The calendula is an annual flower native to the northern Mediterranean countries. Its name refers to its tendency to bloom with the calendar, usually once a month or with every new moon. The term “marigold” refers to the Virgin Mary, and the flowers are used to honor her during Catholic events. The Egyptians considered them to have rejuvenating properties. In the Hindu world, the flowers were used to adorn statues of gods in their temples, as well as a colorant in food, fabrics, and cosmetics, and of particular interest, in the 18th and 19th century calendula was used to color cheese.
Calendula has historically been used as a food, adding flavor to cereals, rice, and soups. The petals can be added to salads for their brilliant color.
As recently as 70 years ago, American physicians used calendula to treat amenorrhea, conjunctivitis, fevers, cuts, scrapes, bruises, and burns, as well as minor infections of the skin.
For tea: Steep 1 to 2 teaspoons of dried flowers in 1 to 2 cups of hot water for 10 minutes. Drink as needed.
Compress: For eyestrain, brew a strong tea using a tablespoon of dried calendula flowers per cup of boiling water. Steep until cool. Apply using a cool compress put over your eyelids, and lean back and relax for at least 10 minutes.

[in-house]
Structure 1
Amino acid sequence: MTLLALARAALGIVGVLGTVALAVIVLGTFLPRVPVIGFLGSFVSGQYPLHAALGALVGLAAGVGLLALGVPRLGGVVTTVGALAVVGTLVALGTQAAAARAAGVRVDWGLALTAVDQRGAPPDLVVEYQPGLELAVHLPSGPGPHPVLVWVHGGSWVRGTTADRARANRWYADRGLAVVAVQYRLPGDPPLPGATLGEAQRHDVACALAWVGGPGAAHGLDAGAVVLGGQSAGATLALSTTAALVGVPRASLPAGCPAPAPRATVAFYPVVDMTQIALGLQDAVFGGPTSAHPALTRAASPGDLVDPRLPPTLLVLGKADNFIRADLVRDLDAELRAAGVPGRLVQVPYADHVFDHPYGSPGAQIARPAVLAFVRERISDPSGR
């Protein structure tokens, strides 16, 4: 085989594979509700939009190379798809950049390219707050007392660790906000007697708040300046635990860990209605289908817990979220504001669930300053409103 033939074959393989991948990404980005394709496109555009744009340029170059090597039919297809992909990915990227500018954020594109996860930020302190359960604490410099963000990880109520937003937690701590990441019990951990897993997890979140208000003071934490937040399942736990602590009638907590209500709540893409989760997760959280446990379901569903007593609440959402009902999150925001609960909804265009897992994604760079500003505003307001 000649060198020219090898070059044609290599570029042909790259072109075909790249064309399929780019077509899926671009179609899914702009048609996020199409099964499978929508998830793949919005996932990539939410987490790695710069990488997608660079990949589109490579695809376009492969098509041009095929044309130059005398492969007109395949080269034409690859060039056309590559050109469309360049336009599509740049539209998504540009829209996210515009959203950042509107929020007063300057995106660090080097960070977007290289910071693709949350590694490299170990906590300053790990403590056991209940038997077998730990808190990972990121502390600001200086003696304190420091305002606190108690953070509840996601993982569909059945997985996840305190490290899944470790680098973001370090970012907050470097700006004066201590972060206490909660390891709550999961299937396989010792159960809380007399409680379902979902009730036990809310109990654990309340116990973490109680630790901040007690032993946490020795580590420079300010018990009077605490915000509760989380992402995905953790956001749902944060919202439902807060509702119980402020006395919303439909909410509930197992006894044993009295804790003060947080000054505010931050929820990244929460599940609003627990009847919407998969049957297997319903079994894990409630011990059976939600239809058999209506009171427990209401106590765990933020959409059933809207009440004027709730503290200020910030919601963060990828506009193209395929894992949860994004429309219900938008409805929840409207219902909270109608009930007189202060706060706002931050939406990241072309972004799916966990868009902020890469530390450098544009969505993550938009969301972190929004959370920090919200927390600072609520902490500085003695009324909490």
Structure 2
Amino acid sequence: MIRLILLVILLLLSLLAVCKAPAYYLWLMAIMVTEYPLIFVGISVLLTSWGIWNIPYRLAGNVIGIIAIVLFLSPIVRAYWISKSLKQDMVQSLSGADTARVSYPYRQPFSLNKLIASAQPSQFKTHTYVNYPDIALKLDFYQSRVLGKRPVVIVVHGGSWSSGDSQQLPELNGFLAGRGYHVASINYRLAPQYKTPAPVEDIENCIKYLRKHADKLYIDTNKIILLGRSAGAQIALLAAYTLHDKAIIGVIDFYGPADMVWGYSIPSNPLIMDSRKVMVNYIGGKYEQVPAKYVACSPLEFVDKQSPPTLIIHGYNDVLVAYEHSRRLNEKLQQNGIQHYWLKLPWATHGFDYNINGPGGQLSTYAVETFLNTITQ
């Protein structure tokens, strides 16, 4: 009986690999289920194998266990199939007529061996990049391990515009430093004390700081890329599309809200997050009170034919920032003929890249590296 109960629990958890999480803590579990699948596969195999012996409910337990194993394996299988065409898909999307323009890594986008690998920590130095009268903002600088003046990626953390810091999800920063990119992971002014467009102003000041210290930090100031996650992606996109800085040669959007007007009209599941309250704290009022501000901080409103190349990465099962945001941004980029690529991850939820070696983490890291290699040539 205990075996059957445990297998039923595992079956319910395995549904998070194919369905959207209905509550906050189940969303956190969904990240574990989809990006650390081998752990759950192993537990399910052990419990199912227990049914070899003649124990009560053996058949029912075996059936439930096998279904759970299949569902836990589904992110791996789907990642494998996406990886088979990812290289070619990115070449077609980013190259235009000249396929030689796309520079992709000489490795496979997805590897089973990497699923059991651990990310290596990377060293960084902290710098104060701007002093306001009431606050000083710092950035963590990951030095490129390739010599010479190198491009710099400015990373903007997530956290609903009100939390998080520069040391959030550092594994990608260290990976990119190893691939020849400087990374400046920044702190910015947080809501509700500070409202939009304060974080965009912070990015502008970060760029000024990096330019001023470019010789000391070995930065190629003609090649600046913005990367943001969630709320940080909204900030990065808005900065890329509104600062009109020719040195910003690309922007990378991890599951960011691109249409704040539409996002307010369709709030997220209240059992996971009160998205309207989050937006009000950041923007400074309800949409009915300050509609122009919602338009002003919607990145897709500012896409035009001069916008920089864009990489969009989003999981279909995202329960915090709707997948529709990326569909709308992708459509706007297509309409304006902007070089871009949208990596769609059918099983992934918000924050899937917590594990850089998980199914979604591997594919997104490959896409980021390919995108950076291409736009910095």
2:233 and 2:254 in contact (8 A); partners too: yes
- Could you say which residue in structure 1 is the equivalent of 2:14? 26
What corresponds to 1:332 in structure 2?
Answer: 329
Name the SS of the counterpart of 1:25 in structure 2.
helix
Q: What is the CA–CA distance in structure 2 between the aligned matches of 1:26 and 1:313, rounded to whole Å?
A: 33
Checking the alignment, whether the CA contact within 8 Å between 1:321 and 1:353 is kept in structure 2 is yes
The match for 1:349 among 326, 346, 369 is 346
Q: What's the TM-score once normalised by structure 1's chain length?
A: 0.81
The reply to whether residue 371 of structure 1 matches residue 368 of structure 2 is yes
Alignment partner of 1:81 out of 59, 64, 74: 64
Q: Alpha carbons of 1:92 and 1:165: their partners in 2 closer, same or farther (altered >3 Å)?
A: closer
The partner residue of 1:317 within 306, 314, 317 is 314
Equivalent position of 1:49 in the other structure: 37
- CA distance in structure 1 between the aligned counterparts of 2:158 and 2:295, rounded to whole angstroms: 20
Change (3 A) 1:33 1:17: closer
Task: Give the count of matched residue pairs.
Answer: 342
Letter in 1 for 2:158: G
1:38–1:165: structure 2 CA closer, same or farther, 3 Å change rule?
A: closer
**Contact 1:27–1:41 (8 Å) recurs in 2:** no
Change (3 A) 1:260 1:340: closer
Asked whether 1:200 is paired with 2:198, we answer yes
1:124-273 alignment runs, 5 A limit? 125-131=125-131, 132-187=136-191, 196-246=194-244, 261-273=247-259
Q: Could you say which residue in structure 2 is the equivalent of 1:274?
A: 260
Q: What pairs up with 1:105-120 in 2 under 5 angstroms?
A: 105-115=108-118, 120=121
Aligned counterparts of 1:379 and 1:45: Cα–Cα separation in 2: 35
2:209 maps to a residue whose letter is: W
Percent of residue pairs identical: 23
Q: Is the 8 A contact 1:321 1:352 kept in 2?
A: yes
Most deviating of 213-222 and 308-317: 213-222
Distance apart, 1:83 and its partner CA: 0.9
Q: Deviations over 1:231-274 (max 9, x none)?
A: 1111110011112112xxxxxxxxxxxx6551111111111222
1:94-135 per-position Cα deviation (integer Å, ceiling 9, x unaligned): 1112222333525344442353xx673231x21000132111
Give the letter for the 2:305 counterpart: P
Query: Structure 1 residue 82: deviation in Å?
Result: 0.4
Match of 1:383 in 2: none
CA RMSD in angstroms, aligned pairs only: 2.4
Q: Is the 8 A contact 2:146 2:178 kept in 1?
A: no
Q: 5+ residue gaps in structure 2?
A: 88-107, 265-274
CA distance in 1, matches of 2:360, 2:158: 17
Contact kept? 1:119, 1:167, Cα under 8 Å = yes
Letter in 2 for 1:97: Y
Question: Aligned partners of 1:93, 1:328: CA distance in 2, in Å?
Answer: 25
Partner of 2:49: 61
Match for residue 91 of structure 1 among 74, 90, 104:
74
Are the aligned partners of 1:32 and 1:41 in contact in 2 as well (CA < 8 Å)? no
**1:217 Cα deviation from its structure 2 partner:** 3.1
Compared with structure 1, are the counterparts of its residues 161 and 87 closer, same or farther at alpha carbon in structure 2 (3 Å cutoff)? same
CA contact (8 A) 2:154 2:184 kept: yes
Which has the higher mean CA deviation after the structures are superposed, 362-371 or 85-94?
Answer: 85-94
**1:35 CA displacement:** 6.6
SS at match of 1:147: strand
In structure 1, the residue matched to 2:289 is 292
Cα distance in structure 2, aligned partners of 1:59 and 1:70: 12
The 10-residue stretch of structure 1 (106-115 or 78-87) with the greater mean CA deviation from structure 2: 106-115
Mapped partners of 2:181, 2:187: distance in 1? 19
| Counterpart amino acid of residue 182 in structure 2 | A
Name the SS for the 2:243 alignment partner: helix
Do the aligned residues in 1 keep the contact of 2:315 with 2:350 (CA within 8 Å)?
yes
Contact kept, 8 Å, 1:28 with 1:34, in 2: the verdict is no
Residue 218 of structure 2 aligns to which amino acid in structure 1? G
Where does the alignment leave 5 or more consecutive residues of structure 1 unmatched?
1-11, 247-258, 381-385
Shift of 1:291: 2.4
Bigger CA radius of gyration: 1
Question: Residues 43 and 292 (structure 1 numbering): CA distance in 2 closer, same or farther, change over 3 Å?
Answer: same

Face wash: Apply above mixture to the face with a cotton ball or clean cloth, or use as the liquid base of a lotion
This information has not been evaluated by the Food and Drug Administration. This information is compiled from traditional and modern herb books, articles, and research. This information is summarized for its educational value and should not be used for the diagnosis, treatment, or prevention of disease. It should not be used to replace the services of a qualified practitioner. When you are buying this product you are agreeing to be fully responsible for your own health, and hold seller free of any liability. The seller, assumes NO responsibility for any adverse reactions from the usage of these products.